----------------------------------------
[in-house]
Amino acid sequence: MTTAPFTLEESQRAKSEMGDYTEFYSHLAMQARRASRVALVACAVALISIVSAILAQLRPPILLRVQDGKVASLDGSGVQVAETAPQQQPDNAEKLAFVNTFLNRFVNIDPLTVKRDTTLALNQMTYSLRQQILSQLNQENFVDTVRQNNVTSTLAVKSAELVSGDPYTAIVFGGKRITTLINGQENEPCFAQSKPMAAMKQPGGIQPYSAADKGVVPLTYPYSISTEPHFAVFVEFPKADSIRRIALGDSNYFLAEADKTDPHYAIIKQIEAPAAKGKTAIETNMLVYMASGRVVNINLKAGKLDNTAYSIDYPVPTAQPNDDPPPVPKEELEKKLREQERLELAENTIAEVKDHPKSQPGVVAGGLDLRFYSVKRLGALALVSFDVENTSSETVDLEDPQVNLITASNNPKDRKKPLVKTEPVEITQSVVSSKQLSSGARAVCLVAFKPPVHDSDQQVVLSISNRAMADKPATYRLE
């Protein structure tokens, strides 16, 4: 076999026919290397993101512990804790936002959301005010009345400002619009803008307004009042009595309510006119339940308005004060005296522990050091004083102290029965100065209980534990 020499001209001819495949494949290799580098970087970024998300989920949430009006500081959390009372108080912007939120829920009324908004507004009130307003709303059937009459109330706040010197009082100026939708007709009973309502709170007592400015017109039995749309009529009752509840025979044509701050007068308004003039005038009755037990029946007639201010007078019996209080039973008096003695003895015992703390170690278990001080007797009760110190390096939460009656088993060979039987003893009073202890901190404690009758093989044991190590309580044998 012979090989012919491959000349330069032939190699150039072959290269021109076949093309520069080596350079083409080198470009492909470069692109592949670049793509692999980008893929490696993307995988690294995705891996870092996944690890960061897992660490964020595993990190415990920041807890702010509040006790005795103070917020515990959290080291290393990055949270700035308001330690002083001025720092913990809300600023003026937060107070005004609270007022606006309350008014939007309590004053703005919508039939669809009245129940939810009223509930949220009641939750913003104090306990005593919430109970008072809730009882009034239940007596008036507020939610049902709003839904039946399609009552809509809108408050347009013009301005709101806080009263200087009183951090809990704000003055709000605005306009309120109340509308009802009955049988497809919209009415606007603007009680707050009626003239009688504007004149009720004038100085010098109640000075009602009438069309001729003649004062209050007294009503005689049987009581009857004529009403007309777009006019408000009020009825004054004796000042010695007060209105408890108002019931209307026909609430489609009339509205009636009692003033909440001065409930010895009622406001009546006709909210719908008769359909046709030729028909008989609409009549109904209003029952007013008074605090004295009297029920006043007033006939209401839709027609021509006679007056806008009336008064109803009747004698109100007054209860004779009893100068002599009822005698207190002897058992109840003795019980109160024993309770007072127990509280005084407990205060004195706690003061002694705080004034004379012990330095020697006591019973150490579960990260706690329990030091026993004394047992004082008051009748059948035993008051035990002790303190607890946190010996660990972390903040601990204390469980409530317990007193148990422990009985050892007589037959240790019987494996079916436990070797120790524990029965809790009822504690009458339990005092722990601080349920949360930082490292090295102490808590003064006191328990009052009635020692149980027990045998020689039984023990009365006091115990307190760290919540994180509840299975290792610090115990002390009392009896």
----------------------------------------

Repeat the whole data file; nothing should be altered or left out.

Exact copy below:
[in-house]
Amino acid sequence: MTTAPFTLEESQRAKSEMGDYTEFYSHLAMQARRASRVALVACAVALISIVSAILAQLRPPILLRVQDGKVASLDGSGVQVAETAPQQQPDNAEKLAFVNTFLNRFVNIDPLTVKRDTTLALNQMTYSLRQQILSQLNQENFVDTVRQNNVTSTLAVKSAELVSGDPYTAIVFGGKRITTLINGQENEPCFAQSKPMAAMKQPGGIQPYSAADKGVVPLTYPYSISTEPHFAVFVEFPKADSIRRIALGDSNYFLAEADKTDPHYAIIKQIEAPAAKGKTAIETNMLVYMASGRVVNINLKAGKLDNTAYSIDYPVPTAQPNDDPPPVPKEELEKKLREQERLELAENTIAEVKDHPKSQPGVVAGGLDLRFYSVKRLGALALVSFDVENTSSETVDLEDPQVNLITASNNPKDRKKPLVKTEPVEITQSVVSSKQLSSGARAVCLVAFKPPVHDSDQQVVLSISNRAMADKPATYRLE
């Protein structure tokens, strides 16, 4: 076999026919290397993101512990804790936002959301005010009345400002619009803008307004009042009595309510006119339940308005004060005296522990050091004083102290029965100065209980534990 020499001209001819495949494949290799580098970087970024998300989920949430009006500081959390009372108080912007939120829920009324908004507004009130307003709303059937009459109330706040010197009082100026939708007709009973309502709170007592400015017109039995749309009529009752509840025979044509701050007068308004003039005038009755037990029946007639201010007078019996209080039973008096003695003895015992703390170690278990001080007797009760110190390096939460009656088993060979039987003893009073202890901190404690009758093989044991190590309580044998 012979090989012919491959000349330069032939190699150039072959290269021109076949093309520069080596350079083409080198470009492909470069692109592949670049793509692999980008893929490696993307995988690294995705891996870092996944690890960061897992660490964020595993990190415990920041807890702010509040006790005795103070917020515990959290080291290393990055949270700035308001330690002083001025720092913990809300600023003026937060107070005004609270007022606006309350008014939007309590004053703005919508039939669809009245129940939810009223509930949220009641939750913003104090306990005593919430109970008072809730009882009034239940007596008036507020939610049902709003839904039946399609009552809509809108408050347009013009301005709101806080009263200087009183951090809990704000003055709000605005306009309120109340509308009802009955049988497809919209009415606007603007009680707050009626003239009688504007004149009720004038100085010098109640000075009602009438069309001729003649004062209050007294009503005689049987009581009857004529009403007309777009006019408000009020009825004054004796000042010695007060209105408890108002019931209307026909609430489609009339509205009636009692003033909440001065409930010895009622406001009546006709909210719908008769359909046709030729028909008989609409009549109904209003029952007013008074605090004295009297029920006043007033006939209401839709027609021509006679007056806008009336008064109803009747004698109100007054209860004779009893100068002599009822005698207190002897058992109840003795019980109160024993309770007072127990509280005084407990205060004195706690003061002694705080004034004379012990330095020697006591019973150490579960990260706690329990030091026993004394047992004082008051009748059948035993008051035990002790303190607890946190010996660990972390903040601990204390469980409530317990007193148990422990009985050892007589037959240790019987494996079916436990070797120790524990029965809790009822504690009458339990005092722990601080349920949360930082490292090295102490808590003064006191328990009052009635020692149980027990045998020689039984023990009365006091115990307190760290919540994180509840299975290792610090115990002390009392009896």